Hans Hartwig von Beseler
Hans Hartwig von Beseler
Hans Hartwig von Beseler
|Born||27 April 1850|
|Died||20 December 1921 (aged 71)|
Potsdam/Neu-Babelsberg, Weimar Germany
North German Confederation
|Service/|| Prussian Army|
Imperial German Army
|Years of service||1868-1918|
|Commands held||3rd Reserve Corps|
|Awards||Pour le Mérite|
Order of the House of Hohenzollern.
Hans Hartwig von Beseler (27 April 1850 – 20 December 1921) was a German Colonel General.
Beseler was born in Greifswald, Pomerania. His father Georg Beseler, was a law professor at the University of Greifswald. He entered the Prussian Army in 1868, fought in the Franco-Prussian War of 1870-1871 and had a successful military career until his retirement in 1910. Beseler was ennobled in 1904 by William II, German Emperor.
At the outbreak of World War I in 1914 Beseler was brought out of retirement and was given command of the 3rd Reserve Corps in the German First Army led by Generaloberst Alexander von Kluck. The German army took Brussels on 20 August and the German command considered the Belgian Army defeated. The main force of the German armies marched toward France, leaving the 3rd Reserve Corps behind. Beseler was ordered to take possession of the city of Antwerp on 9 September. The Siege of Antwerp ended on 10 October, when the Antwerp Mayor Jan De Vos, surrendered the city. Beseler followed the Belgian army and was halted in the Battle of the Yser.
On 27 August 1915 Beseler was made Military Governor of the German-occupied part of the zone of Polish lands, or Congress Poland, and served as such until the end of the war. Beseler hoped to assemble three divisions of Polish volunteers for use by the Central Powers, and to this end wanted to present a "facade of independent Poland". The official title was Governor-general of Generalgouvernement Warschau. Beseler also gave his support to the Polish Border Strip plan, which would see mass expulsions of Poles and Jews from territory annexed by the German Empire from Russian-held parts of Poland, and subsequent colonization of this area by German settlers.
In November 1915 Beseler reopened the University of Warsaw and the Warsaw Polytechnic Institute and allowed the usage of Polish language at the University for the first time since 1869. Municipal councils were elected and the lower jurisdiction was organized by Polish locals. Despite these efforts, German intentions were transparent and German rule wasn't tolerated by the Poles, while German calls for Polish volunteers produced disappointing results; for the majority of Poles an Allied victory was seen as the best hope for genuine independence.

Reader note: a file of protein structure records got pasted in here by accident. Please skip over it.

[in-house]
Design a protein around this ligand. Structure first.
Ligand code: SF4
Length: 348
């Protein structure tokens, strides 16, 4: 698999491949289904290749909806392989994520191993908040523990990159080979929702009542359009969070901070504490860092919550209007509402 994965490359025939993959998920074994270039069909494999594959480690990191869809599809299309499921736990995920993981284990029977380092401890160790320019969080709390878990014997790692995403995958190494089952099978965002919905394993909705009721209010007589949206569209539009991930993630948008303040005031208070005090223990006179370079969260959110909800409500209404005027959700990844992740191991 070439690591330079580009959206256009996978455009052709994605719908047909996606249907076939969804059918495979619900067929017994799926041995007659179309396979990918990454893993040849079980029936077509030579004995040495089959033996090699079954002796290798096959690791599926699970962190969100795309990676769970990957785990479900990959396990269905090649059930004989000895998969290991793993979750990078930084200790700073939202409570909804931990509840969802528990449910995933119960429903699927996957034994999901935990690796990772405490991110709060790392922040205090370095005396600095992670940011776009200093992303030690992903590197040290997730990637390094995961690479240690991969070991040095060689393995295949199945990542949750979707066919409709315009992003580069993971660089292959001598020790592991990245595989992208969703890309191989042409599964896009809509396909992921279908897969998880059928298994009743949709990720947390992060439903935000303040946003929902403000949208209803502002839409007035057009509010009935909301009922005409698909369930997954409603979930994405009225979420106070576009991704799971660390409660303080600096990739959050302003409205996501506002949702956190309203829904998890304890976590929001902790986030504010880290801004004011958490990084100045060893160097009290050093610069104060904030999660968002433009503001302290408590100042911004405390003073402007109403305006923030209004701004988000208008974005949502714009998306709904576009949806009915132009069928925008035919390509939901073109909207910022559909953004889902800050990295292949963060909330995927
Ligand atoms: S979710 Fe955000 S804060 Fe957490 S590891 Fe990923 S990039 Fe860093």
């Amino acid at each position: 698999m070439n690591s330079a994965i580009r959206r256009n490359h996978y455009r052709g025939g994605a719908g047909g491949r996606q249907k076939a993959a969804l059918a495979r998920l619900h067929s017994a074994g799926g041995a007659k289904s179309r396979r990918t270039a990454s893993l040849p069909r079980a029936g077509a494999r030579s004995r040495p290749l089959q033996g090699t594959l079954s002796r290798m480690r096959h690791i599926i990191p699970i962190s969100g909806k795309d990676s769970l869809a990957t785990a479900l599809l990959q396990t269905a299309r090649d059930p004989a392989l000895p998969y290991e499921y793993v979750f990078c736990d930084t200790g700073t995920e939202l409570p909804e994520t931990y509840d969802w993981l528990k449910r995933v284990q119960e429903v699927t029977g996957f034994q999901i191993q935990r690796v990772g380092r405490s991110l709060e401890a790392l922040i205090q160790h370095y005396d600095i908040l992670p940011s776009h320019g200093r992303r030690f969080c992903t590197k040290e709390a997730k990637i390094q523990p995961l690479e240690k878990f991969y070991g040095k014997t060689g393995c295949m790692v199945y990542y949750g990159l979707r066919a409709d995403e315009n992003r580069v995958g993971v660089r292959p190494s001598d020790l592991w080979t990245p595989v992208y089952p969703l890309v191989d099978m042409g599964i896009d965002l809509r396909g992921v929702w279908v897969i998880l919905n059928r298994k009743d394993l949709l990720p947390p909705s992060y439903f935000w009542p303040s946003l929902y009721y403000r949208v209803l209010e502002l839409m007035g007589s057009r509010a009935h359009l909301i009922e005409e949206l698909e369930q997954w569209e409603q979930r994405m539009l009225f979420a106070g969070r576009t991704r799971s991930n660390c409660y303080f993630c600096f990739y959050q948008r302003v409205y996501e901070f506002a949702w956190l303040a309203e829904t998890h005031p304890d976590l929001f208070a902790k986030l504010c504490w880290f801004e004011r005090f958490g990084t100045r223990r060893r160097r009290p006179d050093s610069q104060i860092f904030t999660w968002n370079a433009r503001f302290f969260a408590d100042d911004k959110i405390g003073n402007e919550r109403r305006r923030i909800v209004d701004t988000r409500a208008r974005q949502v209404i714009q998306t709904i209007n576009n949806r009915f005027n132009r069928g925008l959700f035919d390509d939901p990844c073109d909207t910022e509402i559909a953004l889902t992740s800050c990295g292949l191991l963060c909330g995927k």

After the Act of 5th November of 1916, Beseler stayed and still wielded real power as the General Governor of the Government General of Warsaw, the German-occupied part of the Kingdom of Poland, alongside the Austrian Governor General Karl Kuk, who resided in Lublin. He was also the titular commander of the so-called Polnische Wehrmacht. After the Act of 5 November was declared, he organized a ceremony in Warsaw's Royal Castle with such gestures as the unfurling of a Polish flag and the Polish national anthem being played; the event backfired as the Polish crowds started shouting "Out with the Germans!". On 4 October 1916 Beseler issued a decree allowing forced labour of Polish men aged between 18 and 45.
After Poland declared independence on 11 November 1918 and all German soldiers in Warsaw were disarmed, Beseler fled in disguise to Germany. A broken and disillusioned man, attacked by the German Conservatives and Nationalists as having been too liberal towards the Poles, but disliked in Poland for being too Prussian, Beseler died in 1921 in Neu-Babelsberg near Potsdam. He was buried at the Invalidenfriedhof in Berlin.
- 1870/71: Leutnant
- 1875-06-15: Oberleutnant
- 1882-04-18: Hauptmann
- 1888-09-19: Major
- 1893-10-17: Oberstleutnant
- 1897-03-22: Oberst
- 1900-01-27: Generalmajor
- 1903-04-18: Generalleutnant
- 1907-11-09: General der Infanterie
- 1918-01-27: Generaloberst
Beseler, besides many minor decorations, received the Pour le Mérite and the Iron Cross (1st and 2nd Classes), and was a Commander with Star and Crown of the Prussian Order of the House of Hohenzollern.
- Bogdan Graf von Hutten-Czapski, Sechzig Jahre Politik und Gesellschaft, Volunme 1 - 2, Berlin: Mittler 1936
- Biography ‹See Tfd›(in German)
- Chisholm, Hugh, ed. (1922). Encyclopædia Britannica (12th ed.). London & New York. .
- Roshwald, Aviel (2002). European Culture in the Great War. University of Cambridge. p. 70. Retrieved 26 April 2011.
- Armies of occupation Roy Arnold Prete,A. Hamish Ion, page 121, Wilfrid Laurier University Press 1984
- Leslie, R. F. (1983). The History of Poland since 1863. University of Cambridge. Retrieved 21 January 2010.
- Wandycz, Piotr Stefan (1980). The United States and Poland. Retrieved 21 January 2010.
- Imperial Germany and the Great War, 1914-1918 Roger Chickering, page 86 Cambridge University Press 2002
- Warszawa w latach 1914-1939 Marian Marek Drozdowski Państwowe Wydawnictwo Naukowe, page 49, 1990
- Polska XX wieku: 1914-2003 Marek Derwich, Horyzont,page 12, 2004
- Kauffman, Jesse: Beseler, Hans von, in: 1914-1918-online. International Encyclopedia of the First World War.
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